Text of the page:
Spain solidified their place in history on Sunday with their third consecutive major tournament win.  Spain has become the first team to win consecutive European Cup titles which has led many to wonder: Is this the best football team ever?

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The answer to that question is: perhaps. They have a signature style with their tiki-taka passing and extraordinary technical skills.  Del Bosque's 4-6-0 has come under heavy criticism, but it has certainly produced results.  The downside is that for long stretches, particularly against France and Portugal, Spain has been dreadfully boring.  This cannot be entirely blamed on Spain, who has been forced to compete with teams parking the bus, but they must at least be held partially responsible for not fielding a striker for long stretches.


Spain played their beautiful symphony throughout the first half, the opening stages had play flowing back and forth between the two sides.  Spain eventually struck first when Cesc Fabregas broke down the Italian flank and cut inside before delivering a precise, pristine ball to the forehead of David Silva who powered in the header for the goal.  Less than fifteen minutes into the match and Spain was already demonstrating their superiority.

All of Italy's good fortunes that saw them through to the final, betrayed them on Sunday.  Shortly after the twenty minute mark, the lynchpin in their backline Giorgio Chiellini went down with an injury and had to be substituted for Federico Balzaretti.  Italy had several opportunities, but none of them yielded results with Antonio Cassano's effort going straight at Iker Casillas and Mario Balotelli's long range shot sailing high and wide.  Italy refused to allow Spain to dominate possession, controlling the ball for long stretches, but never were able to find their way through the suffocating Spanish defense.


Just before the halftime break Spain struck again.  Jordi Alba took a lightning quick run down the left flank before receiving a Xavi pass the dissected the defense.  Alba accepted the pass and found himself alone against keeper Gianluigi Buffon.  Alba calmly slotted the ball past the Italian captain and Spain had earned their 2-0 lead. This capped off a fantastic tournament for Alba, earning his first competitive goal for Spain in the most spectacular setting.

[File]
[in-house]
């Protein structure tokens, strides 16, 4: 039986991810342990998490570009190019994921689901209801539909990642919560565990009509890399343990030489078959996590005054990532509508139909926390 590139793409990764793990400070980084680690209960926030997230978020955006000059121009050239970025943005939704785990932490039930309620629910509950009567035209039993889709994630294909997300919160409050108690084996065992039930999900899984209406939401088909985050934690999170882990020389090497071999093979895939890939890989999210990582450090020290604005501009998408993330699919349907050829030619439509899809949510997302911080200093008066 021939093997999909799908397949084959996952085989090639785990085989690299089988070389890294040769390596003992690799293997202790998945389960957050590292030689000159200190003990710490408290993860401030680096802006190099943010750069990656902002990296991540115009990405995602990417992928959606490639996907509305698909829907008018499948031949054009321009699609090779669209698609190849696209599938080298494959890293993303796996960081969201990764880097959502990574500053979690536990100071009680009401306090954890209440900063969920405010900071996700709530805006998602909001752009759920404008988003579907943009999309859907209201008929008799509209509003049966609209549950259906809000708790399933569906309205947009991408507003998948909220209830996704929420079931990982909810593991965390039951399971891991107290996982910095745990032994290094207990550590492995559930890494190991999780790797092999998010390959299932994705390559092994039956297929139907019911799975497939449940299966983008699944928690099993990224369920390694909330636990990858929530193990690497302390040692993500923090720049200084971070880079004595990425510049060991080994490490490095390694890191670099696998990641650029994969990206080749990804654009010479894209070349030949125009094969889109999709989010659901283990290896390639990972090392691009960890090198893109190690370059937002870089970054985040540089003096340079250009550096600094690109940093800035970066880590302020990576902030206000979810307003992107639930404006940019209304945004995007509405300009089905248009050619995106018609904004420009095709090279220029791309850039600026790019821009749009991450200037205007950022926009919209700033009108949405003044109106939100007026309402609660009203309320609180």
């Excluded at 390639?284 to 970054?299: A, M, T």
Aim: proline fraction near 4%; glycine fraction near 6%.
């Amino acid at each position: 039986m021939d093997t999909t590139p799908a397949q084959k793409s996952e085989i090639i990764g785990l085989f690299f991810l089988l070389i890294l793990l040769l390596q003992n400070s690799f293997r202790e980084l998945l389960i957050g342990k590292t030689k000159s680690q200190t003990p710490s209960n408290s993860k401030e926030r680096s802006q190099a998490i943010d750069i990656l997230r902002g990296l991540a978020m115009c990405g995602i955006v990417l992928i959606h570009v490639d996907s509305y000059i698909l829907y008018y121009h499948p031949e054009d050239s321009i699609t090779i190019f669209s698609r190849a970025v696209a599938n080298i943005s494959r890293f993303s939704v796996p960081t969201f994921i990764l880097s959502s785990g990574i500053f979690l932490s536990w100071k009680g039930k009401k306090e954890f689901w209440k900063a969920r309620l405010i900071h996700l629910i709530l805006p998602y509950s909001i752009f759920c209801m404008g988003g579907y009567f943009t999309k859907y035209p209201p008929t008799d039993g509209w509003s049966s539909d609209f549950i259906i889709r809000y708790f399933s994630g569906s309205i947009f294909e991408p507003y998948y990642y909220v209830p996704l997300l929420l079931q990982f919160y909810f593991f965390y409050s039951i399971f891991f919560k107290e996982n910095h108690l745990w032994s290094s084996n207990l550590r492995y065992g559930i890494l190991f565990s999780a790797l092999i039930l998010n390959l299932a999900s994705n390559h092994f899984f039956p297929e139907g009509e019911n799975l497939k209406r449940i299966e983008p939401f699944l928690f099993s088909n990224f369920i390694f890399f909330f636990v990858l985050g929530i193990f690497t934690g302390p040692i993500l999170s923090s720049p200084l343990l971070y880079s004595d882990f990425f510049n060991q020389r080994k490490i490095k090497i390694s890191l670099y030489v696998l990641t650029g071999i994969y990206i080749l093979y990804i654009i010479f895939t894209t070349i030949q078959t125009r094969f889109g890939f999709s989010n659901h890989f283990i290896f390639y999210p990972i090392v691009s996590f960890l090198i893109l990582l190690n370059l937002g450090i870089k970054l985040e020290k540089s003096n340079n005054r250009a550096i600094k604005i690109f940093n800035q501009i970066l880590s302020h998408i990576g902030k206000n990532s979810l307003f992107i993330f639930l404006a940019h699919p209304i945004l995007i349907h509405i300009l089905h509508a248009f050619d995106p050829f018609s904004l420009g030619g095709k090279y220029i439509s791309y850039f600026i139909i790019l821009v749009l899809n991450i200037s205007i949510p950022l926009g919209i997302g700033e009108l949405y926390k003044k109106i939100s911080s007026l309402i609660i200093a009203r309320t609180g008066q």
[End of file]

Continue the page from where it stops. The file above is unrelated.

Italy came out after the halftime break with something to prove, and set about doing that right from the first kick.  Antonio Cassano was substituted following the break, still recovering from brain surgery and not fully fit, in favor of Antonio Di Natale.  Italy immediately broke down the left side and eventually worked the ball around the Spanish penalty area before finding Di Natale in the center of the area, but the substitute sent the header sailing over the bar.  Italy had another opportunity to get back in the game a few minutes later, but Di Natale's efforts were twice turned away by Iker Casillas.

Italian manager Cesare Prandelli has had a fantastic tournament, already exceeding expectations by reaching the Final.  Prandelli has turned the Italian squad around after their awful 2010 World Cup campaign and this squad been a revelation for Italian fans.  Under his guidance he has instituted a meritocratic system, managed giant egos, and successfully injected youth into a side dominated by the old guard.  His team has utilized its experience, with Andrea Pirlo earning plaudits and entering into Ballon D'Or discussion after a fantastic tournament.

His influence has been undeniably positive, but his final influence on the final will be one he will want to forget.  Pradelli opted to substitute the effective Riccardo Montolivo in favor of Thiago Motta, but just five minutes into Motta's appearance he suffered an injury.  This forced Italy to play a man down for the remainder of the match.  This severely affected the Italian squad, already suffering from fatigue, and they only managed one more effort at the Spanish goal, which Mario Balotelli again sent over the bar.  It was a frustrating performance for the young striker, who was constantly hassled by the Spanish defense and not allowed a single touch inside the Spanish penalty area.


Fernando Torres was introduced in the 75th minute and made a significant impact on the match despite only featuring for the final fifteen minutes of regular time.  For a striker out of form, he has found quite a great deal of success in recent months.  Torres became the first player to score in two European Cup Finals, with a goal in the 84th minute, it was an easy finish past Buffon who had been continuously left out to dry by the Italian defense.  Torres was not finished yet and earned an assist after selflessly passing to Juan Mata for Spain's fourth goal.  The selfless act was enough to earn Torres the Golden Boot as the tournament's leading scorer.


Spain celebrated after the final whistle by bringing their children onto the pitch, while Mario Balotelli and Andrea Pirlo sobbed with their Italian teammates.  The tournament concluded as many suspected it would, with Spain lifting the trophy for the second consecutive time.  Their result was well earned, they responded to criticism with a fantastic display to silence their critics and sealed their place in history.  They will return home to a nation in celebration, a much needed distraction from the prolonged economic hardships their nation has faced.